Tools of a Witch  /  The Besom (Broom) /  Poppets and DollsPendulums / Cauldron MagickMirror Gazing




Animals in Witchcraft (The Witches Familiar) /  AntelopeBatsCrowFoxFrog and ToadsGoat / HoneybeeKangarooLionOwlPhoenixRabbits and HaresRavenRobin RedbreastSheep SpiderSquirrelSwansWild Boar /  Wolf /  Serpent /  Pig /  Stag /  Horse /  Mouse /  Cat




In Worship of Trees - Myths, Lore and the Celtic Tree Calendar.  For descriptions and correspondences of the thirteen sacred trees of Wicca/Witchcraft see the following:  Birch /  Rowan / Ash /  Alder /  Willow /  Hawthorn /  Oak /  Holly /  Hazel /  Vine /  Ivy /  Reed /  ElderAlso see:  The Willow Tree (Folk Music)


Sacred Sites:


Mystical Sacred Sites  -  Stonehenge /  Glastonbury Tor /  Malta - The Hypogeum of Hal Saflieni /  Avebury /  Cerne Abbas - The Chalk Giant /  Ireland - Newgrange /


Rocks and Stones:


Stones - History, Myths and Lore


 Articles contributed by Patricia Jean Martin:   / Apophyllite  / Amber AmethystAquamarineAragoniteAventurineBlack TourmalineBloodstoneCalciteCarnelianCelestiteCitrineChrysanthemum StoneDiamond  /  Emerald / FluoriteGarnet /  Hematite Herkimer DiamondLabradoriteLapis LazuliMalachiteMoonstoneObsidianOpalPyriteQuartz (Rock Crystal)Rose QuartzRubySeleniteSeraphinite  /  Silver and GoldSmoky QuartzSodaliteSunstoneThundereggTree AgateZebra Marble




Knowledge vs Wisdom by Ardriana Cahill I Talk to the TreesAwakeningThe Witch in YouA Tale of the Woods


Articles and Stories about Witchcraft:


Murder by WitchcraftThe Fairy Witch of ClonmelA Battleship, U-boat, and a WitchThe Troll-Tear (A story for Children)Goody Hawkins - The Wise Goodwife /  The Story of Jack-O-LanternThe Murder of the Hammersmith Ghost Josephine Gray (The Infamous Black Widow) /  The Two Brothers - Light and Dark


Old Masters of Academia:


Pliny the ElderHesiodPythagoras




Witches, Pagans and other associated People

(Ancient, Past and Present)


Remembered at Samhain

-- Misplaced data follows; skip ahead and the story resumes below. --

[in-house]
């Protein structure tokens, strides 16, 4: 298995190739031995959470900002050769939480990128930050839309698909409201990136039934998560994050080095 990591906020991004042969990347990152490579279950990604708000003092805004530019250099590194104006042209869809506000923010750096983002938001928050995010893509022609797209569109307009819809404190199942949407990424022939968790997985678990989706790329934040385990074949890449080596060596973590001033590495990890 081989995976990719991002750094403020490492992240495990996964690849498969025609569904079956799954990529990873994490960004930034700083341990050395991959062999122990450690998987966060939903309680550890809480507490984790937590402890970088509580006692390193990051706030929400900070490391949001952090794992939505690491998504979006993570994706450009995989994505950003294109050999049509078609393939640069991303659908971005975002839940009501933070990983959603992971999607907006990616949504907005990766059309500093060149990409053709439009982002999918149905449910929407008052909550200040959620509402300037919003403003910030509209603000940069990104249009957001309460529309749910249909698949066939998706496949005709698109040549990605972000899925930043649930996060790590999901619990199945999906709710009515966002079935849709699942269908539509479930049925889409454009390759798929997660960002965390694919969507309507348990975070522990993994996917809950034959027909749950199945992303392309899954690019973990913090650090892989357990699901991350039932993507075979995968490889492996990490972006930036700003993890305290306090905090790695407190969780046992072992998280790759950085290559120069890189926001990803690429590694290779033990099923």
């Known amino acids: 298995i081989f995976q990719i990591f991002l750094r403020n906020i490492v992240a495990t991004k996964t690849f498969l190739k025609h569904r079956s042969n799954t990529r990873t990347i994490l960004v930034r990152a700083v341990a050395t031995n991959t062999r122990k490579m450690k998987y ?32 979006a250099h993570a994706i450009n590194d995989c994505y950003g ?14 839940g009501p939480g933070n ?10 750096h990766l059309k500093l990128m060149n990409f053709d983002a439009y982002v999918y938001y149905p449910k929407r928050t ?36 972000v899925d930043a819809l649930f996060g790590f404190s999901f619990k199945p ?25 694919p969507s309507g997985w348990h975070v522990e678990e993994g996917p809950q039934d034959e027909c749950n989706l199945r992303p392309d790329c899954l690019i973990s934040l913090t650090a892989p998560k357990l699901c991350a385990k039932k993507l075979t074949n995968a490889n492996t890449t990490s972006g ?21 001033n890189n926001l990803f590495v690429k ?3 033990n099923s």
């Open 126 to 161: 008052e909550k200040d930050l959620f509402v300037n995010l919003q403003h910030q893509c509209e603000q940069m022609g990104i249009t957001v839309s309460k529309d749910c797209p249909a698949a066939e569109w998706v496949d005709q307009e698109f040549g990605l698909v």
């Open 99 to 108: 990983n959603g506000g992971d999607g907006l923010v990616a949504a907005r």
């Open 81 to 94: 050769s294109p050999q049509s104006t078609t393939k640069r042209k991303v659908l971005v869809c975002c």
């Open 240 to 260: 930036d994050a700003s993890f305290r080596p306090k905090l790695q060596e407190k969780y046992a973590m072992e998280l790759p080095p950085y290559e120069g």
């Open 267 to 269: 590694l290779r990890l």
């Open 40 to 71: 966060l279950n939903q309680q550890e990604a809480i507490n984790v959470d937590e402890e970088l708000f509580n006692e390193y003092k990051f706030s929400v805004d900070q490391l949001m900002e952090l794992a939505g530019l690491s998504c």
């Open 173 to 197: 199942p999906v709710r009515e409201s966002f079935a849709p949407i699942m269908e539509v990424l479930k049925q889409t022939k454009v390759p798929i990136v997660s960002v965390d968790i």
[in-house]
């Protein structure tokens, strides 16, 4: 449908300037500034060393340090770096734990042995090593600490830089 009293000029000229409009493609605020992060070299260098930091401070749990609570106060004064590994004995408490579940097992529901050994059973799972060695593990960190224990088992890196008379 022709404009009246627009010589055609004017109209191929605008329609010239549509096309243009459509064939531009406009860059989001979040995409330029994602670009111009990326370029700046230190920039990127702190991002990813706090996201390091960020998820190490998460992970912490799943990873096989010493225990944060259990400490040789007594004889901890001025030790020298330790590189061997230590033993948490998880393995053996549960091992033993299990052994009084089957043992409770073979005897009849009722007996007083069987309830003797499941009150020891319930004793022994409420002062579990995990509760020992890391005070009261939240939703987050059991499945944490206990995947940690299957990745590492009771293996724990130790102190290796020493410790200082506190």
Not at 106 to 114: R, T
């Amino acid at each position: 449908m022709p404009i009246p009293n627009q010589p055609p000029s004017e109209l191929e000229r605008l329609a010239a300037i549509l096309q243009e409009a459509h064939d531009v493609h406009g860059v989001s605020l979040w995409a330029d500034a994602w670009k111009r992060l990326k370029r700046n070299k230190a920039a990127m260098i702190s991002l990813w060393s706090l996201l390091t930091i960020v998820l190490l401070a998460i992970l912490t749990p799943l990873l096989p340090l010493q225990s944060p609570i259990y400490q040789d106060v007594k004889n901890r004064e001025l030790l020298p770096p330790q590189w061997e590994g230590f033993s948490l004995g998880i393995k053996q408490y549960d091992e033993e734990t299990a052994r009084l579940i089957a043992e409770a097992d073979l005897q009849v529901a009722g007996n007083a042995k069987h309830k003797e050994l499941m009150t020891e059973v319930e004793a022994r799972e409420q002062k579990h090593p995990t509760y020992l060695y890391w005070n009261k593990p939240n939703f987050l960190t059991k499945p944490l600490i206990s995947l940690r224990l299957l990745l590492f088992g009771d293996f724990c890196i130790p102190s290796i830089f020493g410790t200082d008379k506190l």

(Departed Pagan Pioneers, Founders, Elders and Others)


Abramelin the MageAgrippaAidan A. KellyAlbertus Magnus “Albert the Great”Aleister Crowley “The Great Beast” Alex Sanders "the King of the Witches” Alison HarlowAmber KAnna Franklin /  Anodea JudithAnton Szandor LaVey  / Arnold CrowtherArthur Edward Waite Austin Osman SpareBiddy EarlyBridget ClearyCarl Llewellyn WeschckeCecil Hugh WilliamsonCharles Godfrey LelandCharles Walton /  Christina Oakley Harrington /  Damh the Bard (Dave Smith) /   Dion FortuneDolores Aschroft-NowickiDorothy MorrisonDoreen ValienteEdward FitchEleanor Ray Bone “Matriarch of British Witchcraft” /  Dr. John Dee and Edward KellyDr. Leo Louis Martello /  Eliphas LeviErnest Thompson Seton /  Ernest Westlake and the Order of Woodcraft Chivalry /  Fiona Horne /  Friedrich von SpeeFrancis Barrett /  Gerald B. GardnerGavin and Yvonne Frost and the School and Church of Wicca /  Gwydion PendderwenHans Holzer /  Helen DuncanHerman Slater "Horrible Herman" /  Israel RegardieJames "Cunning" MurrellJanet Farrar & Gavin BoneJessie Wicker Bell “Lady Sheba” / John Belham-Payne John George Hohman /  John GerardJohn Gordon Hargrave (the White Fox) /  John Michael Greer /  John ScoreJohannes Junius the Burgomaster of Bamberg /  Joseph John Campbell /  Karl von EckartshausenLaurie Cabot "the Official Witch of Salem" /  Lewis Spence /  Margaret Alice MurrayMargot AdlerMarie Laveau the " Voodoo Queen of New Orleans" /  Marion WeinsteinMatthew Hopkins “The Witch-Finder General”Max Ehrmann and the Desiderata /  Monique Wilson the “Queen of the WitchesMontague SummersNicholas CulpeperNicholas RemyM. R. SellersMrs. Grieve "A Modern Herbal" /  Oberon and Morning Glory Zell-RavenheartOld Dorothy ClutterbuckOld George Pickingill /   Paddy SladePamela Colman-SmithParacelsusPatricia CrowtherPatricia Monaghan /  Patricia “Trish” TelescoPhilip Emmons Isaac Bonewits Philip HeseltonRaymond BucklandReginald ScotRobert CochraneRobert ‘von Ranke’ Graves and "The White Goddess" /  Rudolf Steiner /  Rosaleen Norton “The Witch of Kings Cross” /  Ross Nichols and The Order of Bards, Ovates & DruidsSabrina - The Ink WitchScott CunninghamSelena FoxSilver Ravenwolf /  Sir Francis DashwoodSir James George FrazerS.L. MacGregor Mathers and the “Hermetic Order of the Golden Dawn” /  StarhawkStewart FarrarSybil LeekTed AndrewsThe Mather Family - includes: Richard Mather, Increase Mather, Cotton Mather /  Thomas AdyVera Chapman /  Victor Henry AndersonVivianne CrowleyWalter Brown GibsonWilliam Butler YeatsZsuzsanna Budapest



Many of the above biographies are brief and far from complete.  If you know about any of these individuals and can help with aditional information, please cantact me privately at my email address below.  Many thanks for reading  :-)